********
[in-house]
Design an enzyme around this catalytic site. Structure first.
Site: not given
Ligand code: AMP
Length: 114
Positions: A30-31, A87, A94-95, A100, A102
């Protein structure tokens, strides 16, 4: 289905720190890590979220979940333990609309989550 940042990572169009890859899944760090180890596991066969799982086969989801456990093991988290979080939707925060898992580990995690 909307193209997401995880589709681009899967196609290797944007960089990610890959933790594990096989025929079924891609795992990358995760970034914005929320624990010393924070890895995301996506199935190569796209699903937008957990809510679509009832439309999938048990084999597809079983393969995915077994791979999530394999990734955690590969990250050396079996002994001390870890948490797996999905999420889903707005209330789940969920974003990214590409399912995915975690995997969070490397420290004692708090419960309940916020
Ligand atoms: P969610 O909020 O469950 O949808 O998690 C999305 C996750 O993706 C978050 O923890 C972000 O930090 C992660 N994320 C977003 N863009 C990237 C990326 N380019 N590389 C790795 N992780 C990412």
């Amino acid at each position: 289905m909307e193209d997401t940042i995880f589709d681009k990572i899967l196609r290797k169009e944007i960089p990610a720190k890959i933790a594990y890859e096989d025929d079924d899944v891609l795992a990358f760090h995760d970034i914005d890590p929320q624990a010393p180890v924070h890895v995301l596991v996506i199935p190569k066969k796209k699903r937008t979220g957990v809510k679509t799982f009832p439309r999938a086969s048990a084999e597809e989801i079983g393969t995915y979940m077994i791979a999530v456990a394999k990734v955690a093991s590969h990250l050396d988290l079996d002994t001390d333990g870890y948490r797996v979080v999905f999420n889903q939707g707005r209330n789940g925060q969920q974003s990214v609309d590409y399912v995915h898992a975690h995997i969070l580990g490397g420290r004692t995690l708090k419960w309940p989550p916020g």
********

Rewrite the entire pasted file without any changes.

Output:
[in-house]
Design an enzyme around this catalytic site. Structure first.
Site: not given
Ligand code: AMP
Length: 114
Positions: A30-31, A87, A94-95, A100, A102
């Protein structure tokens, strides 16, 4: 289905720190890590979220979940333990609309989550 940042990572169009890859899944760090180890596991066969799982086969989801456990093991988290979080939707925060898992580990995690 909307193209997401995880589709681009899967196609290797944007960089990610890959933790594990096989025929079924891609795992990358995760970034914005929320624990010393924070890895995301996506199935190569796209699903937008957990809510679509009832439309999938048990084999597809079983393969995915077994791979999530394999990734955690590969990250050396079996002994001390870890948490797996999905999420889903707005209330789940969920974003990214590409399912995915975690995997969070490397420290004692708090419960309940916020
Ligand atoms: P969610 O909020 O469950 O949808 O998690 C999305 C996750 O993706 C978050 O923890 C972000 O930090 C992660 N994320 C977003 N863009 C990237 C990326 N380019 N590389 C790795 N992780 C990412």
């Amino acid at each position: 289905m909307e193209d997401t940042i995880f589709d681009k990572i899967l196609r290797k169009e944007i960089p990610a720190k890959i933790a594990y890859e096989d025929d079924d899944v891609l795992a990358f760090h995760d970034i914005d890590p929320q624990a010393p180890v924070h890895v995301l596991v996506i199935p190569k066969k796209k699903r937008t979220g957990v809510k679509t799982f009832p439309r999938a086969s048990a084999e597809e989801i079983g393969t995915y979940m077994i791979a999530v456990a394999k990734v955690a093991s590969h990250l050396d988290l079996d002994t001390d333990g870890y948490r797996v979080v999905f999420n889903q939707g707005r209330n789940g925060q969920q974003s990214v609309d590409y399912v995915h898992a975690h995997i969070l580990g490397g420290r004692t995690l708090k419960w309940p989550p916020g």